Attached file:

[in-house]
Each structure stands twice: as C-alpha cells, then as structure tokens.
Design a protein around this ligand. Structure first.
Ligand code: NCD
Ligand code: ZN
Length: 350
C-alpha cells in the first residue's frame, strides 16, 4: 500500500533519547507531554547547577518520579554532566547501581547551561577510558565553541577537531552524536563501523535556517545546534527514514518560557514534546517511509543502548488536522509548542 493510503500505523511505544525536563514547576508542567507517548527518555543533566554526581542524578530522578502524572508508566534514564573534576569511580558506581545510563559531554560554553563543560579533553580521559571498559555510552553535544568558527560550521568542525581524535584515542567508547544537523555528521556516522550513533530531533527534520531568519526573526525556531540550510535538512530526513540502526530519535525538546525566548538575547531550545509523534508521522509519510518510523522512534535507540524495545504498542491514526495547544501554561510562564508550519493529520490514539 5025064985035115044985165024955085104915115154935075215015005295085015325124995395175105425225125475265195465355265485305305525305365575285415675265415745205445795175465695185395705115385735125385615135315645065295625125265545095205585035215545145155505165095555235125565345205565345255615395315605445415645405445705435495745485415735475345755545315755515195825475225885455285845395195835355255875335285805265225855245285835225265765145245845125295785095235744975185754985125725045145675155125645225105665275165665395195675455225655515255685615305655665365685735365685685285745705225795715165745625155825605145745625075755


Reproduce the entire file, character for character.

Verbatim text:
[in-house]
Each structure stands twice: as C-alpha cells, then as structure tokens.
Design a protein around this ligand. Structure first.
Ligand code: NCD
Ligand code: ZN
Length: 350
C-alpha cells in the first residue's frame, strides 16, 4: 500500500533519547507531554547547577518520579554532566547501581547551561577510558565553541577537531552524536563501523535556517545546534527514514518560557514534546517511509543502548488536522509548542 493510503500505523511505544525536563514547576508542567507517548527518555543533566554526581542524578530522578502524572508508566534514564573534576569511580558506581545510563559531554560554553563543560579533553580521559571498559555510552553535544568558527560550521568542525581524535584515542567508547544537523555528521556516522550513533530531533527534520531568519526573526525556531540550510535538512530526513540502526530519535525538546525566548538575547531550545509523534508521522509519510518510523522512534535507540524495545504498542491514526495547544501554561510562564508550519493529520490514539 5025064985035115044985165024955085104915115154935075215015005295085015325124995395175105425225125475265195465355265485305305525305365575285415675265415745205445795175465695185395705115385735125385615135315645065295625125265545095205585035215545145155505165095555235125565345205565345255615395315605445415645405445705435495745485415735475345755545315755515195825475225885455285845395195835355255875335285805265225855245285835225265765145245845125295785095235744975185754985125725045145675155125645225105665275165665395195675455225655515255685615305655665365685735365685685285745705225795715165745625155825605145745625075755